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Meeting CRA deadlines critical in audit process

A number of circumstances may put an individual or business on the Canada Revenue Agency’s (CRA) radar — but when an audit letter does arrive, it is crucial for taxpayers to respond to the request in a timely manner, Toronto tax litigator Adrienne Woodyard tells Investment Executive TV.

In part one of the four-part series on IE TV, Woodyard, a partner with DLA Piper (Canada) LLP, outlines a few situations that are likely to get a CRA auditor’s attention — for example, failing to file returns, filing late, or large variations in a taxpayer’s income and expenses.

The latter may cause the CRA to become “suspicious that excess expenses are being deducted or [that] income is being underreported,” she says.

In addition, says Woodyard, new GST/HST registrants will likely go through a GST/HST audit, usually within the first six years, which the CRA does “to make sure that businesses are compliant going forward.”

“CRA does those audits because they like to make sure that businesses are compliant going forward.”

Upon receiving notice that you are being audited by the CRA, Woodyard says it is important to note the deadline in the letter.

“Among other things, you [need to] find out when the CRA is expecting the information from you. Lots of taxpayers open the letter, put it aside, forget about it for a few weeks and then find themselves scrambling to meet the deadline.”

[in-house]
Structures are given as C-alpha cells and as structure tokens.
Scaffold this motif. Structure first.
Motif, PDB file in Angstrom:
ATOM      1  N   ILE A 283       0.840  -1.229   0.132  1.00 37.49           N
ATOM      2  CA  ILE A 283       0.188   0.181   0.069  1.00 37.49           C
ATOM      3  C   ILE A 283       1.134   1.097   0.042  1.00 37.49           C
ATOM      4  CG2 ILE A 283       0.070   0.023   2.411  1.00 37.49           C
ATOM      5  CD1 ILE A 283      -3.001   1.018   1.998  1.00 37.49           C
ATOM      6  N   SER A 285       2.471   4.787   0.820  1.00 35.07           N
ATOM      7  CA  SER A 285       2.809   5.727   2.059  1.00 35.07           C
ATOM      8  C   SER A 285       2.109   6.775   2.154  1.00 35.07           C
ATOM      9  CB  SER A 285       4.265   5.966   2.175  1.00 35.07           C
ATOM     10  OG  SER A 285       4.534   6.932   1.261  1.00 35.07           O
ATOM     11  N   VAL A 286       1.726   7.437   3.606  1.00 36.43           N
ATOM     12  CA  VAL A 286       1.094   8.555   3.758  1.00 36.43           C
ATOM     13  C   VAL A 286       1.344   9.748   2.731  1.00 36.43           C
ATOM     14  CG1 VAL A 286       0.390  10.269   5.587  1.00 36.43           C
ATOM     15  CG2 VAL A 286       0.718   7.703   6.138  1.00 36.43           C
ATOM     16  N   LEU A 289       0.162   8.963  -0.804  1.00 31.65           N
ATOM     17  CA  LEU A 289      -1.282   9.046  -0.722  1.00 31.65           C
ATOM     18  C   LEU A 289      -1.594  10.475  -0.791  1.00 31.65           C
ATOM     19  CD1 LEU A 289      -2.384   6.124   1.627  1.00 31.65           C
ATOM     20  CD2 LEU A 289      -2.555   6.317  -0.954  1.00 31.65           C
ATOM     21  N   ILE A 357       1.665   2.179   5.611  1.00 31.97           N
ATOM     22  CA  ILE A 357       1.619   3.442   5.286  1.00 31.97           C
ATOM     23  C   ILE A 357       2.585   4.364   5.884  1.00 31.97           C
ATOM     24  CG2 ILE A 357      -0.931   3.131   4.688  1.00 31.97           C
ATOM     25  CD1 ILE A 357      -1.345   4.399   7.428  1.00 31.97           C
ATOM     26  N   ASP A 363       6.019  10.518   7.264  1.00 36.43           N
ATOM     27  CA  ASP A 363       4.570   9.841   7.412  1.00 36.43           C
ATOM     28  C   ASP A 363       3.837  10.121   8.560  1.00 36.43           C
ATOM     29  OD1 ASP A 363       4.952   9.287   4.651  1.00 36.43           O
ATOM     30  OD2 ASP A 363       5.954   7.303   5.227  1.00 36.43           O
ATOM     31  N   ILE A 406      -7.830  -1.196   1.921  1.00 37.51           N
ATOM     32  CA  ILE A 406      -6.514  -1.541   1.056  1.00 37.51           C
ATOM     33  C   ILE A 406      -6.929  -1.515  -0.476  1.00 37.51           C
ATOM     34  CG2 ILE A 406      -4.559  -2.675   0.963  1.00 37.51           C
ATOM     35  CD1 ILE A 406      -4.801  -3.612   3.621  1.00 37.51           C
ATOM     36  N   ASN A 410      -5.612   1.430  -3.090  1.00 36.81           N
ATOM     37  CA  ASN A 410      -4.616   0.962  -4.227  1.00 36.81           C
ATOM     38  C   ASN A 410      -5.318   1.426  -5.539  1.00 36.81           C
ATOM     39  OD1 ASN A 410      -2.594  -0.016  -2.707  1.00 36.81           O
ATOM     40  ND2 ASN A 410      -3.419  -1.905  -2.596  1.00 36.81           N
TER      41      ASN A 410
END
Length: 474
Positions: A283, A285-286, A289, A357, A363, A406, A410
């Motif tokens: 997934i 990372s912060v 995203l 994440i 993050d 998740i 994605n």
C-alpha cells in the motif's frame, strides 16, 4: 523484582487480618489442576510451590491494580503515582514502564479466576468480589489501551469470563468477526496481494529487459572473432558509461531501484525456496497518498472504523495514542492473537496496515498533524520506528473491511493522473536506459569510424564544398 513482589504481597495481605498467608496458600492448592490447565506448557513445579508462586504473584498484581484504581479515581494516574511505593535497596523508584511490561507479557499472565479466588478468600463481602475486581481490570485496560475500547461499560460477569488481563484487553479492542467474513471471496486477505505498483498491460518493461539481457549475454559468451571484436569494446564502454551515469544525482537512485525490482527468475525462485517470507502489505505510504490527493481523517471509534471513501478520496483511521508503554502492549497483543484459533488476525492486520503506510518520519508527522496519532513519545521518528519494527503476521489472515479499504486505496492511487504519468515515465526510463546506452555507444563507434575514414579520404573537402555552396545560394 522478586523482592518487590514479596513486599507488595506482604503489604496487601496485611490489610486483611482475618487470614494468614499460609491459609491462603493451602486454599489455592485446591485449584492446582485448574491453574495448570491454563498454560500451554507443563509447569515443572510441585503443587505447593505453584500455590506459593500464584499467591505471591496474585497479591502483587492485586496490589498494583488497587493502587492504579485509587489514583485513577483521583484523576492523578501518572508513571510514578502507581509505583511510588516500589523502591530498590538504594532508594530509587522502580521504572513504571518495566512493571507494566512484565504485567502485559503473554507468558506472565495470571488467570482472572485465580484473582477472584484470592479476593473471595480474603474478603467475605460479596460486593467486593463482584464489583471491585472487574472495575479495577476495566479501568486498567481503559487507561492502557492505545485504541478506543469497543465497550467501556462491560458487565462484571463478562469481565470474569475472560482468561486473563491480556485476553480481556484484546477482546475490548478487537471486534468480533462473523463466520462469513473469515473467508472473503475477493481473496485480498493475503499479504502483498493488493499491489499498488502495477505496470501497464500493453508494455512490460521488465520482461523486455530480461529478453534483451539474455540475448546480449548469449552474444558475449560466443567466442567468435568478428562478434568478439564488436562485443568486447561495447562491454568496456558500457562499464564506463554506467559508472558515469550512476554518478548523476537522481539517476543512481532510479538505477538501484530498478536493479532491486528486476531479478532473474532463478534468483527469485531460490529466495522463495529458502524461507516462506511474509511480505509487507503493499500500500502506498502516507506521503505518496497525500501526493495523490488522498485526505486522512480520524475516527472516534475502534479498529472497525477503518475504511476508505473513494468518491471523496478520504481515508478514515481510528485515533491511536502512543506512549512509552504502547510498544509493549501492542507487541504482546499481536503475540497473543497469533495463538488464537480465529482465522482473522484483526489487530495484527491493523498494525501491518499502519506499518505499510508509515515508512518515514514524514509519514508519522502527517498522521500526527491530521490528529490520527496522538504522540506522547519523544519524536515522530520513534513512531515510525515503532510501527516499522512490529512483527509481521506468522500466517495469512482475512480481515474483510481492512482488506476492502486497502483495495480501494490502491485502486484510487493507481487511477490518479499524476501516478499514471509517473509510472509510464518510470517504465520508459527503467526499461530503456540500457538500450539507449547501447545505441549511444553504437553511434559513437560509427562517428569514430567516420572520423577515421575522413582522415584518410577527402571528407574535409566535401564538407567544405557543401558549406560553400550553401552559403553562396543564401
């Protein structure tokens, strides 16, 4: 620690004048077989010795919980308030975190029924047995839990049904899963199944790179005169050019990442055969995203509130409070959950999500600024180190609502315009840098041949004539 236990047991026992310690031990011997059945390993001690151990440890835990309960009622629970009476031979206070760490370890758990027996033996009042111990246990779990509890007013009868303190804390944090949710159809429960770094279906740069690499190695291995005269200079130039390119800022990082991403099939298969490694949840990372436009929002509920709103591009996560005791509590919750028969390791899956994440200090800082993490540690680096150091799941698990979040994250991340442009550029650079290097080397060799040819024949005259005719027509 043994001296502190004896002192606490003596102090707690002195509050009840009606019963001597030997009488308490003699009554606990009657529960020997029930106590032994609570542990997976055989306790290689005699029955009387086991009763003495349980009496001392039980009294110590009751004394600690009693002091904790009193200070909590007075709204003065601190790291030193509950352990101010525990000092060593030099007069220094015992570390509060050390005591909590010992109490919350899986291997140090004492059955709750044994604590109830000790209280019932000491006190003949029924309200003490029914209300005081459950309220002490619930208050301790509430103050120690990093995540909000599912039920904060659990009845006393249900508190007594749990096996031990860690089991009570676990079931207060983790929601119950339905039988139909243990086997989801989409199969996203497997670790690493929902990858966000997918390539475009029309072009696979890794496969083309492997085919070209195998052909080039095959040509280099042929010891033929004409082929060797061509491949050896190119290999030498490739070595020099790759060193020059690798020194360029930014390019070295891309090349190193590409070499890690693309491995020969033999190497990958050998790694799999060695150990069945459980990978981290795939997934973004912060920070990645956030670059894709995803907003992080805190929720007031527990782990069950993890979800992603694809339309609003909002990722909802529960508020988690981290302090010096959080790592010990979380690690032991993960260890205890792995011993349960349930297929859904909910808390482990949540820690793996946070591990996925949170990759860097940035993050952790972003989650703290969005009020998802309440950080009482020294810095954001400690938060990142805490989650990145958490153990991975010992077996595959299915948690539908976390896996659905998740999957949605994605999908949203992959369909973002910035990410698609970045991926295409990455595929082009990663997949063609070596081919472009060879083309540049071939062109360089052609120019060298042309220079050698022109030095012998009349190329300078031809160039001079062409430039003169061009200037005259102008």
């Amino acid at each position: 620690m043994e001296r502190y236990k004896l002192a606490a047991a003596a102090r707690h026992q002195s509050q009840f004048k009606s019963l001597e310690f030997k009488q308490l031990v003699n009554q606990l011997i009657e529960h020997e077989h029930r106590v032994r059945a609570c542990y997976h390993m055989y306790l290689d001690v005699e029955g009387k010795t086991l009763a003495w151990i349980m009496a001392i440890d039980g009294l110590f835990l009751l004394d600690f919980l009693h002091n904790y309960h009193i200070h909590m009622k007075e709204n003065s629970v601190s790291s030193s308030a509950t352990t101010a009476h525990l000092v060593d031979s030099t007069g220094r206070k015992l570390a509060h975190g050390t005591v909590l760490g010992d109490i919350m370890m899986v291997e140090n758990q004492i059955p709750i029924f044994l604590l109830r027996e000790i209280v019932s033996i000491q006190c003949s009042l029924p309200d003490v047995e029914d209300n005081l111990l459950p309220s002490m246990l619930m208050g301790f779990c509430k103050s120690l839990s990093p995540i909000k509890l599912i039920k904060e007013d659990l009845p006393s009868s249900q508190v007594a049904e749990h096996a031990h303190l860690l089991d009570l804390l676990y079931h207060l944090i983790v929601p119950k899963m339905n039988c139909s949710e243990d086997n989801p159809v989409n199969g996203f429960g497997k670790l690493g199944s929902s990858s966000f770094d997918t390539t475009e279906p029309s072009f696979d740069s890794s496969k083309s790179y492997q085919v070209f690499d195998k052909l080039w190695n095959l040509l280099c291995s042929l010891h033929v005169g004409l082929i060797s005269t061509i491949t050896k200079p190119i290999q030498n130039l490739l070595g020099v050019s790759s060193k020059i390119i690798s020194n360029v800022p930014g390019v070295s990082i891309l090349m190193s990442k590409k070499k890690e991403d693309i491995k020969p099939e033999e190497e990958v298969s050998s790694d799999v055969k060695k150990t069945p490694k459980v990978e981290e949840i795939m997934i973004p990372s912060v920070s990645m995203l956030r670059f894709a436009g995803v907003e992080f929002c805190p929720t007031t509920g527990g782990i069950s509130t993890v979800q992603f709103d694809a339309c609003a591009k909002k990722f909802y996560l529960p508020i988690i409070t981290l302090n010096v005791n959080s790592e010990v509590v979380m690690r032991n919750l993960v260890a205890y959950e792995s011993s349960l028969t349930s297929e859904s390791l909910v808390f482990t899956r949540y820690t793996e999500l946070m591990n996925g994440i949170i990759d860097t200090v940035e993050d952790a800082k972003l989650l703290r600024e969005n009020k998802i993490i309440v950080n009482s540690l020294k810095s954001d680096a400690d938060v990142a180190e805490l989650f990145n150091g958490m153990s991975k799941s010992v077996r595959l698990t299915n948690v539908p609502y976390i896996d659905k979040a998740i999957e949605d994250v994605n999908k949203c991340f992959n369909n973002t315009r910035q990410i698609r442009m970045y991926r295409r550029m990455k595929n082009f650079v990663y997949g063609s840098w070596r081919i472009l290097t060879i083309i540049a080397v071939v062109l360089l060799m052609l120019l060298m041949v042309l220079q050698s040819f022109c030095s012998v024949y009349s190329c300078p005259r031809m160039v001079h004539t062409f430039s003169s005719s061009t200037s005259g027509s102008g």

Also, she says, taxpayers should understand exactly what the CRA is asking for.

“If they have flagged an issue and you’re worried about what your response is going to be, you probably want to call in a professional,” she says.

Although it is possible to delegate communications with the CRA to your accountant as long as you authorize them properly, Woodyard says you will still want to keep an eye on the process to make sure that deadlines are being met and that your accountant has everything they need.

Ultimately, Woodyard says taxpayers will want to make sure they are responsive to the request.

“If the request looks overly broad, there’s nothing wrong with calling the auditor and explaining to them that what they’re asking for [may involve] more documents then they… realize. But you want to make sure that you’re actually addressing… the request. A lot of taxpayers get into trouble when they’re avoiding providing information that the CRA has requested, or they don’t provide it in a timely way.”

Even if you pass the audit with flying colours, Woodyard says it is important to keep up the document retention practices you had that allowed you to give the CRA everything they were looking for. 

“Just because you’ve been through an income tax audit, doesn’t mean you’re going to be exempt from another… audit” she adds.

When it comes to retaining tax documents, Woodyard says the general rule is that taxpayers need to keep information for at least six years beyond the end of the taxation year to which they relate. In many cases, however, documents may need to be kept for longer.

“If you’re holding a long-term investment, say for 20 years, and you finally sell it, in that year of sale you’re going to need the record of purchase so that you can prove what the cost of the asset was,” says Woodyard.